I turned 30 this year, a milestone which I heartily celebrated. I had been looking forward to this for at least six years, ever since I read through the Old Testament in 2006 and kept noticing how many of the patriarchs had been 30 when significant things happened in their lives:
“Joseph was thirty years old when he entered the service of Pharaoh
“Saul was thirty years old when he became king
“David was thirty years old when he became king
“The Levites thirty years old or more were counted
“Now Jesus himself was about thirty years old when he began his ministry
So I asked a dear friend and resident expert on the Bible and Jewish culture if this thing about turning 30 was important in some particular way, and he responded:
Why does God give energy to youth, but then hold them back because it’s not time to use it? Hmm. I’ll have to think about that for a decade or so.
You’re right about 30. From all the references it is clear that that is the age at which a person enters into their life’s work. (Interestingly, that’s how old I was when we moved to Israel.) But, hang on, it’s not until 50 (!) that one reaches full maturity and counsel, able to pass on to others one’s life’s experiences in fullest measure. Nevertheless, each age is good and fruitful in its own way.
So. 30. Significant. Yes.
What I didn’t know then was that the ensuing years of my life from that time until age 30 would be both incredibly painful and incredibly joyful, full of adventurous and humbling experiences. I would complete nursing school, work night shift for a long, lonely year, put down roots in Downingtown, go back to graduate school, travel to Sudan, work to establish a life there, get kicked out, feel completely unmoored for a year, get hired to work in North Philadelphia, put down roots in yet another community here. I would earn 2 degrees, buy 2 houses, learn 2 new languages and make countless cultural faux pas along the way. I would plant many gardens, make many new friends, and generally become a grown‐up (?!).
With all of that, on the eve of my 30th birthday this winter, it felt like there was still something on the horizon, something important that was about to change. I spent some time in prayer and solitude with God and had a sense that this 30th year itself would be… momentous. Some sort of Big Change would occur, and I had a few specific hopes of what that Change could entail (let me be honest, I really hoped it would involve falling in love and eventually getting married). I figured regardless it was about time for whatever that Change was going to be, and settled in to see what God would bring my way.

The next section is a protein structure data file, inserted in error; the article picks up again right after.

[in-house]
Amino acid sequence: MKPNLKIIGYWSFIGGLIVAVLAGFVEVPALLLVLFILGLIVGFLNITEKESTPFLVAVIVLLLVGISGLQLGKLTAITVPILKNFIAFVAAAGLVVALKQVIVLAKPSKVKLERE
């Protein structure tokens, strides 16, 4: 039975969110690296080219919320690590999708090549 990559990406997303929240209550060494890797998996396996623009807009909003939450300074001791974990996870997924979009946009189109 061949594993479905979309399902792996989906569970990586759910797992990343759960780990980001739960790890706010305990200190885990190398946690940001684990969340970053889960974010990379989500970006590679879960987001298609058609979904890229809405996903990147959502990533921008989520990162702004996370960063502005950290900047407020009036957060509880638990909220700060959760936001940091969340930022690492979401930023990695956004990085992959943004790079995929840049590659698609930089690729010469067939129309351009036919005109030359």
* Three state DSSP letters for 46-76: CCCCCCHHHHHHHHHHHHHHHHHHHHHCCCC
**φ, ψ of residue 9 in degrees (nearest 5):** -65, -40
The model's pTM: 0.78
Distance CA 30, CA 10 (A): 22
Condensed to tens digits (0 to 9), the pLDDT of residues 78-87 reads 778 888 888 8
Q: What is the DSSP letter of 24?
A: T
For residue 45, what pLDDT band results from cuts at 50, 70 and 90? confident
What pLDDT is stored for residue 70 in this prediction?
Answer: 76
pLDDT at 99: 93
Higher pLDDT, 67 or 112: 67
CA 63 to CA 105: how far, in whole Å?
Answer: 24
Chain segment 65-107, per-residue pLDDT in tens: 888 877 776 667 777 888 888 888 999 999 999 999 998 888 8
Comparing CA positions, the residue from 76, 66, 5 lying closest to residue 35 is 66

Here’s the thing — my 30th year is not quite over, but as I review what has happened so far this year, there is pretty much just one theme, and it’s not quite the Change I was expecting: I am realizing my small‐ness in the world and surrendering to that truth.
Many of my dreams of perfection, of preaching and healing and being a world‐changer, of leading thousands of people to Jesus and seeing lives changed because of my witness have fallen flat. I set out to accomplish those things. I… accomplish… things. Or not. My ideas were so lofty, so built on desperation to show the world my significance. They were so full of me.
This year, this milestone year, as I’ve lived my 30th year on this earth, I honestly thought that God would give me the ministry/man/family/career of my dreams.
Instead God gave me a realization of my brokenness and dependence on Him, and in the meanwhile, set my heart free to live out of a knowledge that I am deeply beloved based entirely on His grace, not my efforts or abilities.
Instead of satisfying these physical wants, God has first deepened and then sated the eternal, endless Desire of my heart. He feeds me with His very Self every day and I am satisfied.
Instead of me changing lives in dramatic fashion because of my strong witness, God has changed my life and given me a stronger witness because of my weakness.
I’m not even sure I can dream the way I once did, all guts and bravado, all fearless and self‐assured. Now I dream different, smaller and more grand dreams –of walking hand in hand with God in the garden –of sitting each morning with a mug of tea and my Best Friend, talking heart to heart –of the privilege of showing other hungry people where I’ve found sustenance –of serving the least of these, my brothers, as one of the least of these myself.
In short, I have found that I am much smaller in the Story than I ever thought. And much more deeply beloved. This — this counts as a truly momentous change.